Chess and Weight Loss (part 3)

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The filter “Is it true, is it necessary, is it kind?” has been attributed to Socrates and Buddhism, among other sources. Using the first two questions, Dr. Alexey Root examines one quote from Attacking the Strongpoint: The Philosophy of Chess by Grandmaster Igor Zaitsev. Then she considers diets.

Attacking the Stronghold

Attacking the Strongpoint: The Philosophy of Chess, by Grandmaster Igor Zaitsev, offers many ideas for how to approach one’s opponent and what to think about during a chess game. Zaitsev trained world champions Tigran Petrosian and Anatoly Karpov. The latter wrote a tribute which begins the book. Zaitsev also is a strong player. Check out this position, which he achieved as White against Boris Spassky, who later became world champion. What would you play as White?

Click to reveal the answer

23.Qc4 and if Black takes the queen, 23…Qxc4 24. Rh1+ wins.

I enjoyed the book’s annotated games, played by Zaitsev and by other strong players. I was sometimes confused by Zaitsev’s chess ideas. For example, on page 43, Zaitsev wrote:

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Strategy is most directly connected with pawn structure and is chiefly oriented to it. Strategy, figuratively speaking, is in fact just pawn play. Every alteration in the pawns, whether by capture or by advance, indubitably bears a strategic character. When the last of the pawns leaves the board, although there may be calculation and planning, there is no longer strategy — only tactics.

I understand very little about this quote. I thought strategy is what happens when there are no tactics. That is, I thought strategy involves maneuvering to achieve goals, such as controlling the center or maximizing the mobility of one’s pieces. Is it true, as Zaitsev wrote, that there is no strategy when the pawns have left the board? Is checkmating with a bishop and knight only tactics, and not strategy? I don’t know if the quote is true.

Donut

I also don’t know if the quote is necessary. That is, I am not sure how Zaitsev’s paragraph, even if I understood it, would improve my chess game. I am equally confused by diets. You can read my first chess and weight loss article here, and my second one here.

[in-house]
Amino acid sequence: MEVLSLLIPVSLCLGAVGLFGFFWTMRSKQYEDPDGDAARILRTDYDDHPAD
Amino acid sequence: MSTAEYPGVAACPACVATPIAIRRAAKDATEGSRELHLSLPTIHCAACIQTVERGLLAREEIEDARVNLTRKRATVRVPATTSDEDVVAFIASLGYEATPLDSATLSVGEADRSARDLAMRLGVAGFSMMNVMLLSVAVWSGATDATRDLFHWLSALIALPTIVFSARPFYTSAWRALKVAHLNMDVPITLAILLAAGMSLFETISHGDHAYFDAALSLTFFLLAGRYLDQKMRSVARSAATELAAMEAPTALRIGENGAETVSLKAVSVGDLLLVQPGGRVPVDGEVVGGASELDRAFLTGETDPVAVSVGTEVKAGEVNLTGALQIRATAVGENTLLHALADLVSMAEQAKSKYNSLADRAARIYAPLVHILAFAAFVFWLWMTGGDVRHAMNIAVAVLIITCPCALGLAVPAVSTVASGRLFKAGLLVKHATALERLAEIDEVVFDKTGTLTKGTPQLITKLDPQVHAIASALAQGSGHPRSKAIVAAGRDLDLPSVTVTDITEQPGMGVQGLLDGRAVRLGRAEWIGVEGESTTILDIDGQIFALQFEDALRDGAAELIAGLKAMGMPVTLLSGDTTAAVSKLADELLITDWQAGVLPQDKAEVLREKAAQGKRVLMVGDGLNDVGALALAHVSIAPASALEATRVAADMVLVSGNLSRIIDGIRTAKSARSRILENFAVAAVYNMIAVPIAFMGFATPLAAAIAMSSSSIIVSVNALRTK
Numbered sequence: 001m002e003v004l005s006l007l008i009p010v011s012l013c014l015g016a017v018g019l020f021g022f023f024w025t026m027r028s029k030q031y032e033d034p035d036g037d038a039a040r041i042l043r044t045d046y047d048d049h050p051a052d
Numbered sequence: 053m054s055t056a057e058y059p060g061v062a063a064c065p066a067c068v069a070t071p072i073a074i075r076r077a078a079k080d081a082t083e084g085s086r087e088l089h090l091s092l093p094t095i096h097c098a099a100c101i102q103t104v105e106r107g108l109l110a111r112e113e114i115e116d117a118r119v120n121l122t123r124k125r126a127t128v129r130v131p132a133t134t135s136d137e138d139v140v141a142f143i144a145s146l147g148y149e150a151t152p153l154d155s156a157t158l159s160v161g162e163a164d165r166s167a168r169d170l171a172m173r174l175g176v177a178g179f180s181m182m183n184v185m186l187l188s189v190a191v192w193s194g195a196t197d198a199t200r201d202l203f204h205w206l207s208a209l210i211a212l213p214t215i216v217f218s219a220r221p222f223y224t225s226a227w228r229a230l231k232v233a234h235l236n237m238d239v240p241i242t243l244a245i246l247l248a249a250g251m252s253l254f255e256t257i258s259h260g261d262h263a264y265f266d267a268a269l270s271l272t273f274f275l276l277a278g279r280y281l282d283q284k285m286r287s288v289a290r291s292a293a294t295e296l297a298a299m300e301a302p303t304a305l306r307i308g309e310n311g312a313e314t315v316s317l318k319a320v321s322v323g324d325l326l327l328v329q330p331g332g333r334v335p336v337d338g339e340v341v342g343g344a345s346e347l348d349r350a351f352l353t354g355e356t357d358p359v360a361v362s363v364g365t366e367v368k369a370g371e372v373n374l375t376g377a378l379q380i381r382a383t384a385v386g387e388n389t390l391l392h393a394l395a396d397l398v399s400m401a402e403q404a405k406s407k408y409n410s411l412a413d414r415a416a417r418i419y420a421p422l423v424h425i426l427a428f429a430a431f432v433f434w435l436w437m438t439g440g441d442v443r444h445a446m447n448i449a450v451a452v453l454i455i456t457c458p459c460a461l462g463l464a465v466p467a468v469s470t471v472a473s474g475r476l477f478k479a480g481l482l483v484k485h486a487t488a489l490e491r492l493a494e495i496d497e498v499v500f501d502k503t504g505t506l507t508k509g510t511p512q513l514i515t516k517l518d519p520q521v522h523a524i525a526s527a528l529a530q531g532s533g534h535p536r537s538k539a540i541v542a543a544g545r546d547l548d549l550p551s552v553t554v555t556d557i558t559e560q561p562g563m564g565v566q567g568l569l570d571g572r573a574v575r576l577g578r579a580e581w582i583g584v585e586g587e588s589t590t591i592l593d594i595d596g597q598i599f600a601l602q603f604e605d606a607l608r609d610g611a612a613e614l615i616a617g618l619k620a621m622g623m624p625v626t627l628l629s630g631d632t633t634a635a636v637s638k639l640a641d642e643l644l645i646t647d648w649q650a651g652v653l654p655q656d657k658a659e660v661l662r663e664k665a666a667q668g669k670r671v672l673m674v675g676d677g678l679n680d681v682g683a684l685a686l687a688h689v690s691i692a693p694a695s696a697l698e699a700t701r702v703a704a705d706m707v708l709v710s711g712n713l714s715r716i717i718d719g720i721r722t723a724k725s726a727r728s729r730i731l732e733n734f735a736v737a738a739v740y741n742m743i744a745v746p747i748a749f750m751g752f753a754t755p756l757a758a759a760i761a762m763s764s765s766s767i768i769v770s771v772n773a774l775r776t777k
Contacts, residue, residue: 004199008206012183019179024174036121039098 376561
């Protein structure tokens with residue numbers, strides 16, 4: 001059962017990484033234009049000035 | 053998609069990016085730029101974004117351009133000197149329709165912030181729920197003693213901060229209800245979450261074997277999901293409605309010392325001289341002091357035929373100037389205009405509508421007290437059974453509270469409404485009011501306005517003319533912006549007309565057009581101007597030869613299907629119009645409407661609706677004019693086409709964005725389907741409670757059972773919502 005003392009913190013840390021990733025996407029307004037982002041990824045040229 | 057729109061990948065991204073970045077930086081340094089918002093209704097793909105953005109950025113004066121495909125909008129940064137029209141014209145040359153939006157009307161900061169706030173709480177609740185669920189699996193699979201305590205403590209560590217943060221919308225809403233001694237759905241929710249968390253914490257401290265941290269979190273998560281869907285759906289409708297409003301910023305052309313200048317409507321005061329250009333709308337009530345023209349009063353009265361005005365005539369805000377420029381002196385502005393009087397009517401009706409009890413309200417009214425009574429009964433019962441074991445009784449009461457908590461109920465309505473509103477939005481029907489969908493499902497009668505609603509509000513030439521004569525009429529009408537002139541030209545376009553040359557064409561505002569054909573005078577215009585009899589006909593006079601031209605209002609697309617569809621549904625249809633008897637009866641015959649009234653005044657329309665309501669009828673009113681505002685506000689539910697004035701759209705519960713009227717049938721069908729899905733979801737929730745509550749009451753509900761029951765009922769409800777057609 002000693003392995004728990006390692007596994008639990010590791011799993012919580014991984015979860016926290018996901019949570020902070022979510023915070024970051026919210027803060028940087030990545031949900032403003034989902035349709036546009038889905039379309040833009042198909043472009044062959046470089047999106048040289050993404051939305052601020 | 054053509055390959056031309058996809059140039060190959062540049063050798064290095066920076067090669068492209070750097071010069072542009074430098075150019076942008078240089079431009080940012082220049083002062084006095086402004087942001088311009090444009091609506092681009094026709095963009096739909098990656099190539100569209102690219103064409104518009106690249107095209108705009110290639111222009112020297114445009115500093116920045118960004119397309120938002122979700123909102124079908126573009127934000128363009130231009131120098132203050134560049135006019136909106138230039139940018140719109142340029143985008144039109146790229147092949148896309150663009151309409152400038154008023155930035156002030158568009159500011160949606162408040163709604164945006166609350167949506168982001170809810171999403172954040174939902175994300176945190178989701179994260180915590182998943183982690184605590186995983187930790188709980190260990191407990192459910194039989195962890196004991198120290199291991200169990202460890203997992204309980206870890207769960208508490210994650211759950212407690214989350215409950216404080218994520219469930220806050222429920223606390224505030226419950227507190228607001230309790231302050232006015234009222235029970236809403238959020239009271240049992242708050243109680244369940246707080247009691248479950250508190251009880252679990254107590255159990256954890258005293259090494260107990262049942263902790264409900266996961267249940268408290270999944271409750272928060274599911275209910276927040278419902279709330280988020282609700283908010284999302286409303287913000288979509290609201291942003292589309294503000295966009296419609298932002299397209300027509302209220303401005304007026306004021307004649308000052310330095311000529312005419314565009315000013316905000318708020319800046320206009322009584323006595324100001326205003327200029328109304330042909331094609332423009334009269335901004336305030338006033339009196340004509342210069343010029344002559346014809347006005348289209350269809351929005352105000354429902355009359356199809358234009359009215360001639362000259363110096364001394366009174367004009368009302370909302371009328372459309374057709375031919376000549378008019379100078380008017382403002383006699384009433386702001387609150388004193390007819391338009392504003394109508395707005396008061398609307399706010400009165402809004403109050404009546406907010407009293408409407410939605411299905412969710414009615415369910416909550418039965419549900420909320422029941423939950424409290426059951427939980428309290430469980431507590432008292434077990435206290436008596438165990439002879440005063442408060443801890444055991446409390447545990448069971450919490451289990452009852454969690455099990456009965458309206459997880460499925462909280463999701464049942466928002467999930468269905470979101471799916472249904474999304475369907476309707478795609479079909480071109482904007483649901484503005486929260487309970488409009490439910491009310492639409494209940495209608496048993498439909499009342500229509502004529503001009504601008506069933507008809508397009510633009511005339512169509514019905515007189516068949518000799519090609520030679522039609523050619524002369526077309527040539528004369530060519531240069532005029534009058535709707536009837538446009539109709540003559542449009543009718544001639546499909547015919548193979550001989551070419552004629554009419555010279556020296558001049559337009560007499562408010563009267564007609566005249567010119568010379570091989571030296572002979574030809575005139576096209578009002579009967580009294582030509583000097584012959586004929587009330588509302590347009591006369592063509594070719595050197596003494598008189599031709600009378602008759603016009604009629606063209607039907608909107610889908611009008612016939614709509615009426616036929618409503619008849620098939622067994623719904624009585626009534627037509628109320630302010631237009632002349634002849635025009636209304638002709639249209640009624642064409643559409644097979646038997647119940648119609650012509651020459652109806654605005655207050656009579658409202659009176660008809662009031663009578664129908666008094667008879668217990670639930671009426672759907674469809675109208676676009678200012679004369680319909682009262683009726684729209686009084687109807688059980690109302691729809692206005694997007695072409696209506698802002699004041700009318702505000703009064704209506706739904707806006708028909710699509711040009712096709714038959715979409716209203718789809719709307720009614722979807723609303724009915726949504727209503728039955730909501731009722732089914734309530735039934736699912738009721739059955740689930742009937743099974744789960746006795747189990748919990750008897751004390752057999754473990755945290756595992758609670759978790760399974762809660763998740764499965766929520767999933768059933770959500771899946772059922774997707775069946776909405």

My co-author for an outdoor chess article, International Master Alex Wohl, is on a ketogenic diet. He wrote, “Basically I just stick to animal products and vegetables. No processed food. A few years ago I was 115kg, had very high blood pressure and was pre-diabetic. Now I’m 85kg and all other health issues have disappeared as if by magic.” My former student John Hendrick is trying a fast-mimicking diet. He and his wife Dani each lost five pounds in their first five days and plan another round of the diet soon. A friend from my college days, Leah, and her husband Dave Wegener follow a whole-food, plant-based diet. They were profiled for losing weight in the magazine Forks Over Knives (Winter 2021 issue). You can read Dave’s story on his website too.

Many friends, many diets! I am not sure what’s true, scientifically. But what’s necessary, at least for me, is to have a full plate. I like eating a lot of food! With a whole-food, plant-based diet, I can fill up my plate. Yet, after cleaning my plate, I have consumed very few calories.

I’m still tempted by processed foods, especially when those foods are free. For example, I loved getting a free Krispy Kreme doughnut for being vaccinated against Covid-19. I’m planning to report on my weight when I reach my goal weight. Look for that future SparkChess article, a “Chess and Weight Loss (part 4),” I hope sooner rather than later! I may have to give up the doughnuts.

WIM Alexey Root, PhD

Alexey Root is a Woman International Master and the 1989 U.S. Women's chess champion. Her peak US Chess rating was 2260. She has a PhD in education from UCLA. You can find her books on chess on Amazon.com.

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